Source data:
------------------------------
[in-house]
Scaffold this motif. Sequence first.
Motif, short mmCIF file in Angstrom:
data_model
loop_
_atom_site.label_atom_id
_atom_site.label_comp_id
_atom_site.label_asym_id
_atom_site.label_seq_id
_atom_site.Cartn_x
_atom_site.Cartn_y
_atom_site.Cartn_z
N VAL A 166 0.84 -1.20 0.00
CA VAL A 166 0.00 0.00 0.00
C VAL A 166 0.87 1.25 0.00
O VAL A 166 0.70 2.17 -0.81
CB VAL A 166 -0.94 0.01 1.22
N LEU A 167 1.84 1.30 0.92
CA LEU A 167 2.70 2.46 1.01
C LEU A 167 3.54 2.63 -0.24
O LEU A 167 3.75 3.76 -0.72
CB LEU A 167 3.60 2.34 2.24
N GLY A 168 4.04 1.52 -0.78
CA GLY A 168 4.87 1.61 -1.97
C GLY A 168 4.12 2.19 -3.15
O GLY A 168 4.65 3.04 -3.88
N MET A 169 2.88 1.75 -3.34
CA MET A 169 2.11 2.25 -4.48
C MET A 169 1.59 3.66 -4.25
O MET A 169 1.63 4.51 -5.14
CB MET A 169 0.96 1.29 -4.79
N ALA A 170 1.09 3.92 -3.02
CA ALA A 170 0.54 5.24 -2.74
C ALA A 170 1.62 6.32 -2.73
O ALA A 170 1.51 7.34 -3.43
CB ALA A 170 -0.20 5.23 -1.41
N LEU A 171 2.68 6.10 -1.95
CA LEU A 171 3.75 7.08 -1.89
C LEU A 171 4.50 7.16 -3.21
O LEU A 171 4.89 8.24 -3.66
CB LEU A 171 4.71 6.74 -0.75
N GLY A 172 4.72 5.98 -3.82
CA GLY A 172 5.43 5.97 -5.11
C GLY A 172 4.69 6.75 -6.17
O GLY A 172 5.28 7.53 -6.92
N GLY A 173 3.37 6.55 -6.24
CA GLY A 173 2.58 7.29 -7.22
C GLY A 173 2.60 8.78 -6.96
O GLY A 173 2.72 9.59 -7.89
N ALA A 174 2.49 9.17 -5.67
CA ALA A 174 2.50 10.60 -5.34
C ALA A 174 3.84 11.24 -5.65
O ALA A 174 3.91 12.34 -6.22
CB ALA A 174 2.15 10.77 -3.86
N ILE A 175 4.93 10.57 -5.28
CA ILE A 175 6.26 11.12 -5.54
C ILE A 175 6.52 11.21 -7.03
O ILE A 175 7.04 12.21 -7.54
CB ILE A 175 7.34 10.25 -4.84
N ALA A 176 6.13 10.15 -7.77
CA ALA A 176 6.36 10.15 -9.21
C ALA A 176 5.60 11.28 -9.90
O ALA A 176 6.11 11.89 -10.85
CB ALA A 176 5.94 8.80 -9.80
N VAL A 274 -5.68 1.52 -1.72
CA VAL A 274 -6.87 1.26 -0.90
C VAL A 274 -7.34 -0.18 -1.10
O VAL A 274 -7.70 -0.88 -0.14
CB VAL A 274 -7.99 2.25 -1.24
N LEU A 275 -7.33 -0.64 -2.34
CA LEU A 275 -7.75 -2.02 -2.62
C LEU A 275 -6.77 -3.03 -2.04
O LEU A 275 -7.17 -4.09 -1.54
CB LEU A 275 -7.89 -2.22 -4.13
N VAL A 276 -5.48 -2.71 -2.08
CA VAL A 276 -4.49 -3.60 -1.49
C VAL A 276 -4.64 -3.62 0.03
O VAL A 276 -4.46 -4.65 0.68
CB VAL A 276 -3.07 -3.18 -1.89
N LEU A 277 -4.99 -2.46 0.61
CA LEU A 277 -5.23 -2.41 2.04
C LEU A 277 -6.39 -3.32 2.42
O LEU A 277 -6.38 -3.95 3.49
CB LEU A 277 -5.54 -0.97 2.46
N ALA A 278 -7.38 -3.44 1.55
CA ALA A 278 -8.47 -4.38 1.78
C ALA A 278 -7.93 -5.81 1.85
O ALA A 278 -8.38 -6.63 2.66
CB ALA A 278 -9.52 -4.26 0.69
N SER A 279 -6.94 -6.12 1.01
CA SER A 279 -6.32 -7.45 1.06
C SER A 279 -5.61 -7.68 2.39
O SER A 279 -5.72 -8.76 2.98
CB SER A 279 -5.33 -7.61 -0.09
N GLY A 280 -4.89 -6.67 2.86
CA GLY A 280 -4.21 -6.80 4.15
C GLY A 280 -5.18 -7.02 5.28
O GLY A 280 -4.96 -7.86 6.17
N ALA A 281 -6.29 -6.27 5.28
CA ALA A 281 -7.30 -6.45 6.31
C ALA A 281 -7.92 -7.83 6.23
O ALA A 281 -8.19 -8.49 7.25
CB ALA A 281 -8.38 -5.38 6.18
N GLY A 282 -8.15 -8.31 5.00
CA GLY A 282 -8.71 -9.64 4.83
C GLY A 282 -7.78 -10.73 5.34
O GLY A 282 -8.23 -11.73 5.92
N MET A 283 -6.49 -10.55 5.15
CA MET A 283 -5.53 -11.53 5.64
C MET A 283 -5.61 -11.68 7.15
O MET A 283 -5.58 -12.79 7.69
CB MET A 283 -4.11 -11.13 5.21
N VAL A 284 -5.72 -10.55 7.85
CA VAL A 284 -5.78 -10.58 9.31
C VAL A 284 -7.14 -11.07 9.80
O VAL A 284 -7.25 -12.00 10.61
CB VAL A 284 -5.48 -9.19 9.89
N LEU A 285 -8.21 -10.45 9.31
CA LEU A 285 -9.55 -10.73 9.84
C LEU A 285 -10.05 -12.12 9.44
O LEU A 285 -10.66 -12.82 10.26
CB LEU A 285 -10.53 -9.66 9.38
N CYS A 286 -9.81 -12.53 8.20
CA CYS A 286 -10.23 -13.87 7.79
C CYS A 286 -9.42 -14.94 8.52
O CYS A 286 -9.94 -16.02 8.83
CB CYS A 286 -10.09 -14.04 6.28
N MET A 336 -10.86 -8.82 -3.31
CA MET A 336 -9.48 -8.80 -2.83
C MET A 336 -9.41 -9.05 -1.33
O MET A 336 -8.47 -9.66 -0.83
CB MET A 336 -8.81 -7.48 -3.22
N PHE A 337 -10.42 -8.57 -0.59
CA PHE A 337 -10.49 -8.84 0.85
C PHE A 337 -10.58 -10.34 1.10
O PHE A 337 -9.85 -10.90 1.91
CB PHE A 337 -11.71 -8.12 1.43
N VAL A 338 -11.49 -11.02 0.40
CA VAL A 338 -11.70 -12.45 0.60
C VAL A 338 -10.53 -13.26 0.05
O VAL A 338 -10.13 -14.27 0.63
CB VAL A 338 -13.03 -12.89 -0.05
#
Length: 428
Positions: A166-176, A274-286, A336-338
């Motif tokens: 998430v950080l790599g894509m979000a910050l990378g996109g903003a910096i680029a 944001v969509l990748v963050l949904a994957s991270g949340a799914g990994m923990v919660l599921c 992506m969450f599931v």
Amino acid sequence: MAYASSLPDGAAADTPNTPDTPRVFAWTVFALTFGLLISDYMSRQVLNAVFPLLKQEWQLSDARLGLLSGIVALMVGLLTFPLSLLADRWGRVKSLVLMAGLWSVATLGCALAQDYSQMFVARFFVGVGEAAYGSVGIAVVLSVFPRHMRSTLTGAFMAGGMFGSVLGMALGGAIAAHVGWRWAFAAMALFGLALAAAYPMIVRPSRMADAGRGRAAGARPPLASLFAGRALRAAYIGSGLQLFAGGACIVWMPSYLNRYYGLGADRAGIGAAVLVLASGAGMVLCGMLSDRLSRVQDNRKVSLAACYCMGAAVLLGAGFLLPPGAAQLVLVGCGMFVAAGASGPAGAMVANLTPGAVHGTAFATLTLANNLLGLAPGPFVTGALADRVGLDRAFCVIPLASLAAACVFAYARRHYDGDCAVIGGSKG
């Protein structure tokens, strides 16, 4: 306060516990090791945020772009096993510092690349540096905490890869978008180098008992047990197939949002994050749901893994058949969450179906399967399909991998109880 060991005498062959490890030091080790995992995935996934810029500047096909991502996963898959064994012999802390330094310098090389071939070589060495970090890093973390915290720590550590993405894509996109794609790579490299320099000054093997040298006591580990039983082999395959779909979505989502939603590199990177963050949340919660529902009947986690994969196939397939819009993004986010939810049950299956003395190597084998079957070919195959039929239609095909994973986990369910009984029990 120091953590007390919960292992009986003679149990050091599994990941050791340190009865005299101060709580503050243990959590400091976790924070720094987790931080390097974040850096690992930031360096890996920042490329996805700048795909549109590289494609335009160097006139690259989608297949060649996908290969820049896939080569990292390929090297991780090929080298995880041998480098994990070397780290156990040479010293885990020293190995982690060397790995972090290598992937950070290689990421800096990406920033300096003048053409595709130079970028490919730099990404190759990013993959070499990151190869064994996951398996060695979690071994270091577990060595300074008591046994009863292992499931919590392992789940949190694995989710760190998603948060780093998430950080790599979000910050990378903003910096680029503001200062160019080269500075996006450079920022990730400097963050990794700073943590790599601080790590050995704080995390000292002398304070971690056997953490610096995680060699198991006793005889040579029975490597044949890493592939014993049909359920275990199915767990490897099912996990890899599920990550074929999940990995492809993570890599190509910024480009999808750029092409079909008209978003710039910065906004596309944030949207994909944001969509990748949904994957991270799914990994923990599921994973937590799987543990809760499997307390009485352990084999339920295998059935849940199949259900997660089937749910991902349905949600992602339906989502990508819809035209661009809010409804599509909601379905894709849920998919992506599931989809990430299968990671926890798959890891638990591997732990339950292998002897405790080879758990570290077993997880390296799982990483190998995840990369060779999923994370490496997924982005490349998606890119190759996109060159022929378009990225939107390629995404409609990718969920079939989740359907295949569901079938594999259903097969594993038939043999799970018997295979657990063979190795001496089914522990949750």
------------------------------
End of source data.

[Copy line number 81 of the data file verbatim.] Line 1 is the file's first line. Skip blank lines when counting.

CA LEU A 277 -5.23 -2.41 2.04